APRS – I wanna be heard!

APRS Setup

At an event last year I was one of a handful of amateur radio operators who used a smartphone application (APRSDriod in my case) to report my position to the operation control center via APRS (Automated Packet Reporting System, often erroneously yet somewhat more accurately referred to as Automated Position Reporting System). Other than draining the battery if unplugged, the smartphone aps actually do a pretty good job of mimicking an APRS radio.

As long as there’s cellular coverage, that is.

And that’s, indeed, where portions of that exercise stumbled. As it turns out relatively large areas of the routes we were covering were cellular dead-zones, depending on the carrier. As a result our position often wasn’t being updated in anything close to a timely fashion. While I was safely and calmly riding around in my vehicle, my understanding is that chaos and frustration resulted back at net control.

I resolved not to contribute to that problem this year and set out to assemble a “real” APRS radio.

After a couple of false starts I settled on a Kenwood TM-281A single band radio as my centerpiece. When I stumbled across this radio I was pleasantly surprised by its price ($138) and power output – 65 watts. The later was important to me – the same issues that interfered with cellular reception – terrain and hills in all the wrong places – implied that in order to be heard by net control and digipeaters in the area I wanted more power.

APRS in case

APRS Radio, TinyTrack4 and accessories, running in a Pelican case. (Click for full size)

I also purchased the TinyTrak4 (built) with a GPS receiver combo and the proper interface cable (an M4) to the Kenwood. TinyTrak is an almost all-in-one solution for APRS, taking GPS in one side and pushing radio out the other. (The TinyTrak4 can also receive, but other than using that to avoid transmission collisions with other packets being broadcast it’s not a feature I currently use.)

I’d seen Pelican cases being used, so I elected to go that route as well, getting a Pelican 1500 case. It’s perhaps a tad too large, but I opted for the extra storage space. The TM-281A is also a fine 2-meter backup radio and I wanted to be able to carry things like its microphone and such in addition to the APRS requirements.

Add to that a few power cables and a 15A cigarette lighter adapter and the mag-mount dual band antenna I already had and I was set. Or so I thought.

APRS Roof Mount

Mag-mount radio antenna and Bionics GPS5 reciever on the roof of my Sequoia.

Once the unit’s configured setting it up is simple a matter of placing the mag-mount antenna and GPS receiver on the roof, connecting them to the radio and TinyTrak4, respectively, and connecting power. Instant APRS.

In my case the cables for the antenna and receiver feed through the cargo door’s cushioned weather stripping nicely, and are mounted at the opposite corner from the fixed antenna for my mobile radio.

In my early expeditions testing the setup everything worked great – until, at full power, it didn’t. Worked great at medium or low power transmissions, but essentially stopped transmitting at the 65 watts that I was really looking for. After a lot of theorizing and testing what I deduced is that the voltage drop of the sudden full-power transmission was too great and the radio was shutting down or reseting each time it tried.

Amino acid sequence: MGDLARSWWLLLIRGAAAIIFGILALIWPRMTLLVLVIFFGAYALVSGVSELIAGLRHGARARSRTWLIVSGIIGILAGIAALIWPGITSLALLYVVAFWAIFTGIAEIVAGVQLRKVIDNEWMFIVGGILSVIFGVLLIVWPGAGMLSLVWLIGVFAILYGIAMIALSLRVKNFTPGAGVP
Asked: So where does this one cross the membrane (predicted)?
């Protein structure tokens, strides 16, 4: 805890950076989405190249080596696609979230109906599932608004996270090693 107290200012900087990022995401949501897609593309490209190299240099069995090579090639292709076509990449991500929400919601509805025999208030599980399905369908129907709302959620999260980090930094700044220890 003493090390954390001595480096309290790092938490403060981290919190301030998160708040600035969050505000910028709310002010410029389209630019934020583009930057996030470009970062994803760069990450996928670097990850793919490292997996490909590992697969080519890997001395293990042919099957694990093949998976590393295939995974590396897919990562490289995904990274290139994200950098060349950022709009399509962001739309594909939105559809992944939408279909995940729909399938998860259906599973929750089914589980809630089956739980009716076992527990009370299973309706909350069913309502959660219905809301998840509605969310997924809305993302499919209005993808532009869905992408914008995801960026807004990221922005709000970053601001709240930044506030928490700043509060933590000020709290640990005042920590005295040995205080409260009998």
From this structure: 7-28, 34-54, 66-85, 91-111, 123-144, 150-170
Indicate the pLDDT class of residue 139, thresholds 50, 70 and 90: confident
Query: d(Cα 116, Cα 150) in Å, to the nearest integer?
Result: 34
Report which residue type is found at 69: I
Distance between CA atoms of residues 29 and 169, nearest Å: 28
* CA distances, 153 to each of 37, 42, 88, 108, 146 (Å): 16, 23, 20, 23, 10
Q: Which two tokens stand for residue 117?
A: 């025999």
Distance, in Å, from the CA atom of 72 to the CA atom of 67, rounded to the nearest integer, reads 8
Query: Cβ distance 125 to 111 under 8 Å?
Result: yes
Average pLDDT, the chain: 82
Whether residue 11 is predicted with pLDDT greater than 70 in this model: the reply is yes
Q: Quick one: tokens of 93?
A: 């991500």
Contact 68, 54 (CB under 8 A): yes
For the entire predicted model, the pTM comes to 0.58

Marine Battery

Costco marine battery in a battery box with RigRunner for power distribution.

I mentioned that I used a cigarette lighter adapter. In my SUV (a 2010 Toyota Sequoia) there’s a socket conveniently located in the rear. It was my hope to be able to use that to power the APRS. 65 watts at 12 volts shouldn’t come that close to 10 amps of current. Unfortunately it appears that via either circuitry or distance it wasn’t up to delivering the power needed.

But I did have a marine battery, courtesy of Costco, and that tested out just fine. I threw that in a battery box with a RigRunner on it.

My only remaining concern was how much life to expect out of the battery. The events I expect to use APRS at the most are day-long, and it wouldn’t do to have the APRS unit just stop working mid-afternoon.

APRS Report

APRS tracking of my coastal trip

So I tried it. On a recent trip to the Washington coast I turned on the APRS unit the morning we left at around 8:30AM, and checked on its report of my progress periodically at aprs.fi. It reported the entire 5 hour trip uneventfully.

So I left it running.

I gave up and unplugged it shortly after 9 … the next morning.

It appeared that handling a day-long event would not be a problem.

So, here’s the current, final setup:

APRS Setup

APRS Radio setup in the back of the SUV

On the left is the battery, the APRS radio & TinyTrack4 in the Pelican case sit on top of my radio “go box” (where the mag-mount antenna usually lives). You can see the cables to the GPS receiver and radio antenna making their way to the upper right. Of interest also is the cigarette lighter on the right – my HT’s charging base takes 12 volts, so I leave it back there always charged. (The bungee cords keep the dog crates in place and are unrelated to the radio stuff.)

APRS Packed Up

The APRS unit and radio packed for storage. Only additional items are the battery/power source and the mag mount or other 2m antenna.

While it’s a tad large, it meets all the other requirements: easy to set up, easy to tear down, easy to store. I can set it and then forget it while it sits in the back of my vehicle quietly pushing out location reports to whomever might care.

At high power.

I will be heard. 🙂